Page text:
Introduction:Science is fascinating. With a few science experiments using household items, you and your children can observe air pressure, spore growth and properties of light, cooling air and gas bubbles.
The card and glass of water science experiment is more like a magic trick. Pour some water into a small glass and place a card on top of the glass, covering entire opening. Holding the card against the rim of the glass, turn the glass over and observe how the card stays on the glass and the water doesn't pour out.
Why is the sky blue during the day and sunrises and sunsets are red and orange? The sunset in a jar science experiment helps answer this question. Fill a jar with water and then shine a flashlight through the water. It looks white. Now add some milk to the water and stir so the water turns cloudy. Shine the flashlight through the water again. What color is it now? It appears red and orange because the milky water is stopping the other colors from shining through.
Some people conduct mold science experiments in their refrigerators on a regular basis so it might not seem interesting to actually intend to do this. Cut a piece of fruit, vegetable or slice of bread and put it in an open disposable container. Seal it very well with plastic wrap and put it in a warm place. Observe it daily for changes in color, shape and texture. Mold is a fungus and travels through the air as spores that thrive is damp environments. Be sure to throw the experiment away when it's complete and do not perform this experiment if anyone has allergies to mold.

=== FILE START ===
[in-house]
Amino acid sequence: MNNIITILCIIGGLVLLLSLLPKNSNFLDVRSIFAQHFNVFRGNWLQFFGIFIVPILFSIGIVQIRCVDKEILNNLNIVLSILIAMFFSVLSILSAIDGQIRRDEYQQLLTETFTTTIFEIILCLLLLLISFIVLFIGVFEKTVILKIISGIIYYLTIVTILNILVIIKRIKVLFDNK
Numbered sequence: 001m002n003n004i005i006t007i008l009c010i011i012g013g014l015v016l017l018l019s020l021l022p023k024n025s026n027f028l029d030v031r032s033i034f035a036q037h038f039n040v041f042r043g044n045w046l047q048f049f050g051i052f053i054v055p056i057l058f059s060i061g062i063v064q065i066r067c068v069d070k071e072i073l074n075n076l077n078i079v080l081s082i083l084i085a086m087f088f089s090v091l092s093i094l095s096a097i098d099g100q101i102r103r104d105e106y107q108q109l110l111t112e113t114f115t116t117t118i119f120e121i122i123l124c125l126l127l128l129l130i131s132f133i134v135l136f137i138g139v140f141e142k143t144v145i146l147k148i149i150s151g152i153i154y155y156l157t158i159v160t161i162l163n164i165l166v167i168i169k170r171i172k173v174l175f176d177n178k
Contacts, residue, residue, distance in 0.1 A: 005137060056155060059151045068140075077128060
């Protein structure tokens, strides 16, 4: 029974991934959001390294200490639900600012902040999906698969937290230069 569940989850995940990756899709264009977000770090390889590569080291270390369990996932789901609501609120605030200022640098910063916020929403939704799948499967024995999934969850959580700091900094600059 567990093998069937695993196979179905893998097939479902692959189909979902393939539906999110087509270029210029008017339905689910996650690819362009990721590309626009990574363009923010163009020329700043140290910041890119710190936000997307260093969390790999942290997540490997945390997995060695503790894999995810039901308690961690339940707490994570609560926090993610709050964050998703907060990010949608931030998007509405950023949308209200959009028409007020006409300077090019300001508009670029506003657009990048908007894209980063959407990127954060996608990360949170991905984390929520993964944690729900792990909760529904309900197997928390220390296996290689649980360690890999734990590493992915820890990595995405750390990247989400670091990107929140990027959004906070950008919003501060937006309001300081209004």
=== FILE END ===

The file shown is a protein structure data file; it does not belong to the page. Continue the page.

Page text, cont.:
Pour some crushed ice into a plastic water or soda bottle. Screw the lid on tightly and shake the bottle. Set it down and observe any changes. The air inside the bottle is cooling because of the ice so it will start to contract, which will pull in the sides of the plastic bottle.
Pour a jar full of a clear carbonated drink such as 7UP. Add a small handful of raisins and watch what they do. At first they will sink because they're heavier than the drink. Then gas bubbles will attach themselves to the raisins so the raisins rise to the surface where the gas bubbles pop. The raisins then sink again.
Science experiments are fun and can easily be done at home with basic household items.
This is interesting and sounds like great fun to do with the grandkids. I'm afraid I'm about on the level of a kindergartener when it comes to science and will have to do a bit more research to come up with what to tell the grandkids this means in real life, but I'm always looking for ways to have fun with them when they come visit. Educating them (as well as myself in this case!) along with the fun is a real plus! Thanks for the great list of easy science experiments for the kids with household items. High 5!
select one here...